Before the bridge opened in 2013, rust and other signs of corrosion had been visible on the rods in 2011, but that no one had checked them further.

Scope of Risk

The general contractor of the massive project, a joint venture of American Bridge and Fluor Enterprises, has denied responsibility for any of the supply problems for the steel rods and for a previous problem with cracked bolts and, if the stories about shipping problems and galvanizing of the rods are truly the cause, they do seem to be issues that are outside of a builder’s normal scope of work and are very much supply issues. It’s a cautionary tale that project owners need to verify their own standards are being met and their own supply chain practices are being implemented during construction –not after.

Comments (4)

  1. Thomas J Coyne jr says:

    This is not new. I believe we’ve been following this for a few years and have given it our all in trying to put some light on the issue with involvement from all over the world, I might add. The discussions have not been concluded as to the root causes or causes, but mainly 2 supposed reasons have come to light.
    1. There has definitely been Hydrogen embrittlement in the steel which has caused corrosion failure.
    2. Where did the hydrogen come from to cause such a catastrophic failure to all the structure? One opinion is that it comes in with the raw materials in the form of moisture and additional moisture can be added during all the various steel making processes. this can be overcome, somewhat, by a steel maker using better manufacturing and modern processes to make products that are critical in use. However the project group failed to evaluate this aspect, since they didn’t have anyone noticeable on staff qualified in steel making techniques and someone to evaluate the suppliers methods instead of just low price.
    I’m not sure what political influence was involved also in the selection process. Too late now except wait to see what happens and the additional cost it will end up on the tax payer’s plate.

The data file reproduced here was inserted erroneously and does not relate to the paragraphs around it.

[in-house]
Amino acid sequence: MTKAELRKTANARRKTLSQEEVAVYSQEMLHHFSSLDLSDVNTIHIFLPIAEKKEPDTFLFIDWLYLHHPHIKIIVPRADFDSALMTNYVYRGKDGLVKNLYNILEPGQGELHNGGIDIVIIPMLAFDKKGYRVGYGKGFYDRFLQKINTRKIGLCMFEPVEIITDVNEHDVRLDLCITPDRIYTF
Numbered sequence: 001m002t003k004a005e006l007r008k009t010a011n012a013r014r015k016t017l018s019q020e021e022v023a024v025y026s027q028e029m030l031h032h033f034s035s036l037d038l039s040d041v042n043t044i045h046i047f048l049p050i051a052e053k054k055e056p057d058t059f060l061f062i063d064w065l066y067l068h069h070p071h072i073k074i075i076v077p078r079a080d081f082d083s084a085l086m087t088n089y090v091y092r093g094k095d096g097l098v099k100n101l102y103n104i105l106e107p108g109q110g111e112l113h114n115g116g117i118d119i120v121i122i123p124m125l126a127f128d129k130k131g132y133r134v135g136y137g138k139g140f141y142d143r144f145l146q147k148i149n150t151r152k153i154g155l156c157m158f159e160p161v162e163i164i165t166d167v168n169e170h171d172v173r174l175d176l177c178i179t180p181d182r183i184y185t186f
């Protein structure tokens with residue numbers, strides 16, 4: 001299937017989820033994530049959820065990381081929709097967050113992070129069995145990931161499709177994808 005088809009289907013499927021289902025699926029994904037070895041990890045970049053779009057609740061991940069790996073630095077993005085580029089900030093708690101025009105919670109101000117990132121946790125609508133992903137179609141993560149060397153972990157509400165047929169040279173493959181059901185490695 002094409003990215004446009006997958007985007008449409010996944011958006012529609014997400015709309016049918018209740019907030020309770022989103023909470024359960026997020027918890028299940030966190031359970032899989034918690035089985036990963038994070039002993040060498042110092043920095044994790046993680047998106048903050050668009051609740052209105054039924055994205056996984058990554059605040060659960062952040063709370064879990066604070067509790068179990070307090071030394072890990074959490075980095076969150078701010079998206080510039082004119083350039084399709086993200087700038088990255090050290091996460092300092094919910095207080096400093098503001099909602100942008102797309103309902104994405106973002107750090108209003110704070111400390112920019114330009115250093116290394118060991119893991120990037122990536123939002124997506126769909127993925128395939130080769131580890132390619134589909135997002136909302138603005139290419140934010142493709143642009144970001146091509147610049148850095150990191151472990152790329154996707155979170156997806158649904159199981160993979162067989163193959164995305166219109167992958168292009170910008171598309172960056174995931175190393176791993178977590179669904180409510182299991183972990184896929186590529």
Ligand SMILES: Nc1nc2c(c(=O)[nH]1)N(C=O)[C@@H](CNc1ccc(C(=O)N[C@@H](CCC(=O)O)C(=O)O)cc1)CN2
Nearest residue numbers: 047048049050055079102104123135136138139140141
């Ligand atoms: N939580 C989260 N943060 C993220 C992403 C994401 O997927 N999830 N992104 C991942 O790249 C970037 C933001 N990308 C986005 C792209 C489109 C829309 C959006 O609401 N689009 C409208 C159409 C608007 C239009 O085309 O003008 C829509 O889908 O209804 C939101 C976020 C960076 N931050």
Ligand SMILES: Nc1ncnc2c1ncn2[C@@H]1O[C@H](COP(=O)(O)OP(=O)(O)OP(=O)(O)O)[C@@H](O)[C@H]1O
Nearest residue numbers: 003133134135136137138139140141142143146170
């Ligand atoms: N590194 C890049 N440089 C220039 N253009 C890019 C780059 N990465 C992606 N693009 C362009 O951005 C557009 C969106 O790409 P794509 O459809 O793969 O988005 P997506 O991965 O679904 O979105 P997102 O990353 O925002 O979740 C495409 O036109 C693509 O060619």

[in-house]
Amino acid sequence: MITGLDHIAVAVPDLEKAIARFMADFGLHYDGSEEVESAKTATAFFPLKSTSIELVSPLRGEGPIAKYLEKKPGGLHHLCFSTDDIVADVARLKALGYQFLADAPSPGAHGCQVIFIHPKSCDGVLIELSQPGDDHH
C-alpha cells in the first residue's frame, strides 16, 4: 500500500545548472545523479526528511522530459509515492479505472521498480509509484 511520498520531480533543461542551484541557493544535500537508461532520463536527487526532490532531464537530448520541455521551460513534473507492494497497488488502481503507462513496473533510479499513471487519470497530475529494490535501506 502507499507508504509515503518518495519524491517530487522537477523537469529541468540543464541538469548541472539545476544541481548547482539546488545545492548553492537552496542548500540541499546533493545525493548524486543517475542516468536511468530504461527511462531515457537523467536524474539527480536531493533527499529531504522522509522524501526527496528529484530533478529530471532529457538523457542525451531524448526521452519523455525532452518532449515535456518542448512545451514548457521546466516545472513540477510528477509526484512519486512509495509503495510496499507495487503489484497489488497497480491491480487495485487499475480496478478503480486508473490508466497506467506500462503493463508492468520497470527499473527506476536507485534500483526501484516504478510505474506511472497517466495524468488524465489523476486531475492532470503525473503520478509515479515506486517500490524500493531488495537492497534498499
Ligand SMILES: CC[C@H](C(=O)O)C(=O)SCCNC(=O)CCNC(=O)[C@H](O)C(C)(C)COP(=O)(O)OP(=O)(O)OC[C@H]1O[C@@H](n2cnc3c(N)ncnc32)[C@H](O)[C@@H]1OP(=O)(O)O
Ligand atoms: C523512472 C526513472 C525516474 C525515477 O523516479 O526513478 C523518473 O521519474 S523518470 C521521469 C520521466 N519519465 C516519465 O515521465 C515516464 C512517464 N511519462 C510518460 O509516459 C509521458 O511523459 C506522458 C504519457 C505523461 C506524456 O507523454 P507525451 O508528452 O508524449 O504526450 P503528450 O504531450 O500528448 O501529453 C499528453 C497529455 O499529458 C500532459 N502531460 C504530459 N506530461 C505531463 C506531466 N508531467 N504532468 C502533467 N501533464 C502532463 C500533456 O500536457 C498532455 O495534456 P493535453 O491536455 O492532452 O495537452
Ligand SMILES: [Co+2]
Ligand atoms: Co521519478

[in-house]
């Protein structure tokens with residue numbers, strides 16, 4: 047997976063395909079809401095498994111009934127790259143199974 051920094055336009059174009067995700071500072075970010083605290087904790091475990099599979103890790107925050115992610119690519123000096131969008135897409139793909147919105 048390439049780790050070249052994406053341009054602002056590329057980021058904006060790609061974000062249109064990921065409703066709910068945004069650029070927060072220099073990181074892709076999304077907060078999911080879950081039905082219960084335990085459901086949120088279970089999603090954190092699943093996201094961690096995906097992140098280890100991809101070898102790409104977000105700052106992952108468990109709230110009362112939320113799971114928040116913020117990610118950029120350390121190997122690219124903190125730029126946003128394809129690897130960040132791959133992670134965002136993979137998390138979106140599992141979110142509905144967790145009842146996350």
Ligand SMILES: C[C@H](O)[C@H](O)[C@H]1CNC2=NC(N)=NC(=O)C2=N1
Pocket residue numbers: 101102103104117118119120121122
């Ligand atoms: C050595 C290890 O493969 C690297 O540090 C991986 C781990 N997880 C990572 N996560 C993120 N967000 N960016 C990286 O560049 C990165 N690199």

2. Kenneth says:

    What you buy cheaply can turn out to be highly costly. The purchaser should have had samples of the manufacture delivered so that cross sections could be inspected with a scanning electron microscope in order to determine the quality of the material and if there were any microscopic cracks, fissures, pitting, or what have you, the basic composition of the material. If the material is now found to be contaminated with any kind of pollutant which weakens molecular cohesion, then Cal Tran should stop paying on the contract and sue the manufacturer, period. Let their insurance company work out the matter. But don´t pay for crud. They should have been very careful from the beginning, after our companies screwed the Chinese on mortgage backed securities, we should have been expecting some pay back. They aren´t going to worry about dealing fairly with us when we have already demonstrated that we will screw them any way we can. It is embarrassing to have such a corrupt government.

  3. Sardonic says:

    Lol, the rods were made by an Ohio company called Dyson corporation. The Chinese parts are doing just fine…

    1. Jeff Yoders says:

      Sardonic,

      As the article clearly states, the problems occurred at the Tennessee plant where the rods were galvanized and then in shipping from Tennessee to California.

      -Jeff